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Free Audacity Audio Editor Gets Spectral Edits, Live Plug-ins

Dedicated wave editor Audacity has found enduring popularity, as a free and open source tool for working with sound. It runs on Linux, Windows, and OS X – with support for older Mac operating systems, which these days is sometimes tough to find. But just being free and open isn’t reason enough to use something, particularly when a lot of DAWs do a pretty decent job of wave editing. This latest version of Audacity, 2.1.0, comes with some additions that might make it worth revisiting. First, there’s spectral editing. In most software, audio editing is performed by time only. Here, …

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People Will Come: There’s Already a Free Sample Editor for volca sample

Getting “open” still scares many music manufacturers. Maybe they should double-check those fears. See, if you add simple jacks (MIDI, audio), if you add driver-less operation (via USB and the like), let alone if you design simple APIs or create open source interfaces, you open the door to people making things that work with your creation, for free. They have to want to be there – but we make music. We love music gadgets. If your gadget is worth using in the first place, it’s worth opening up to other things. You know. “If you build it … people will …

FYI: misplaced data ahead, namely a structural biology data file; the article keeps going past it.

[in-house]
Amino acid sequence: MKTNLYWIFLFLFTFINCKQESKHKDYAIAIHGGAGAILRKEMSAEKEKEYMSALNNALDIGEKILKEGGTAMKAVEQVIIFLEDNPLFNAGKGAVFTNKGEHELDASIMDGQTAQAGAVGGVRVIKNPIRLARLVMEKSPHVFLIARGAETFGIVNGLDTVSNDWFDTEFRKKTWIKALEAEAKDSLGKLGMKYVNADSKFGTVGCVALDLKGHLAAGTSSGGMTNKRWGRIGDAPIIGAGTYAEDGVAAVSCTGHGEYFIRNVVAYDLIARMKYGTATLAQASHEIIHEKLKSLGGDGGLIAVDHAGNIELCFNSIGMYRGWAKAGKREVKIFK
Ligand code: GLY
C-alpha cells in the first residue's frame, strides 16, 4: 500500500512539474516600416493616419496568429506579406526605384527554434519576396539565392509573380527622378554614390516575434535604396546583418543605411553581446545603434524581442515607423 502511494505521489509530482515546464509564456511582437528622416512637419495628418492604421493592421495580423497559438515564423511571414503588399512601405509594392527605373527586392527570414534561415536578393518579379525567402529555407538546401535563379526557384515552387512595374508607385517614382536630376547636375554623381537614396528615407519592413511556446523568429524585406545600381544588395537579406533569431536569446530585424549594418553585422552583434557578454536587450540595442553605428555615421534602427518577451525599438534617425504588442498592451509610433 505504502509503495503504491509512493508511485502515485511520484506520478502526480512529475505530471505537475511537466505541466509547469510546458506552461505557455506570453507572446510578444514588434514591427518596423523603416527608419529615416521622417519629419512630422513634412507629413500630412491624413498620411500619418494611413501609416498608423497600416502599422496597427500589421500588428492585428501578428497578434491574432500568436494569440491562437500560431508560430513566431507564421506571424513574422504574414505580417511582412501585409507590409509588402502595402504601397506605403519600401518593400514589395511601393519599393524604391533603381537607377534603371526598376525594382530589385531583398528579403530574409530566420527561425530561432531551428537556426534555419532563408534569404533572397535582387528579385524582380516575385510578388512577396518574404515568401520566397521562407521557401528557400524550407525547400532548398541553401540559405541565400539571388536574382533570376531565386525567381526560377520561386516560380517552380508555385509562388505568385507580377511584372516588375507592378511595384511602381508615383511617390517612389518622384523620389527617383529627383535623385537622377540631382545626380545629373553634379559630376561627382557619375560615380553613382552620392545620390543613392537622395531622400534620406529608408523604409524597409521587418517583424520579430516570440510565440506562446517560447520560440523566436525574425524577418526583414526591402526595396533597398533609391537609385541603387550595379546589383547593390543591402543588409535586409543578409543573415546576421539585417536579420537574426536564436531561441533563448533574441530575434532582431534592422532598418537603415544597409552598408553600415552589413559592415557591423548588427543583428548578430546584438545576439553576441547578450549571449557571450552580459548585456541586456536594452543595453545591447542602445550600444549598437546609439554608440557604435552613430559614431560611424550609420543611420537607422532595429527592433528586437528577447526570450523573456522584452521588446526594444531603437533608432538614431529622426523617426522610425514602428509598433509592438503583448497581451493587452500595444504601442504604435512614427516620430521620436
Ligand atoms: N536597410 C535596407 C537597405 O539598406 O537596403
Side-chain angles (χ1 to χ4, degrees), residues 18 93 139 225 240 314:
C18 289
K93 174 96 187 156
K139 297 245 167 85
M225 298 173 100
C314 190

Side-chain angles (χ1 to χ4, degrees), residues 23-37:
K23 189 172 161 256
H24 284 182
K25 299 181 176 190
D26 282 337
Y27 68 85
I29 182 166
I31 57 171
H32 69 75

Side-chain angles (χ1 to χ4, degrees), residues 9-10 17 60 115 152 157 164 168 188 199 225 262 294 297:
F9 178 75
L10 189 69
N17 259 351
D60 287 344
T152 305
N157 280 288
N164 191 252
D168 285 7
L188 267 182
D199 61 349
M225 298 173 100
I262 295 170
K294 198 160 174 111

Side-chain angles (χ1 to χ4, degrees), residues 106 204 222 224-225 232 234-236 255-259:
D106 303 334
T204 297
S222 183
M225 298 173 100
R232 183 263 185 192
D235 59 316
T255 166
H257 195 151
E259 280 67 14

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Bitwig Studio 1.1 Adds Lots of Details; Can It Escape Ableton’s Shadow?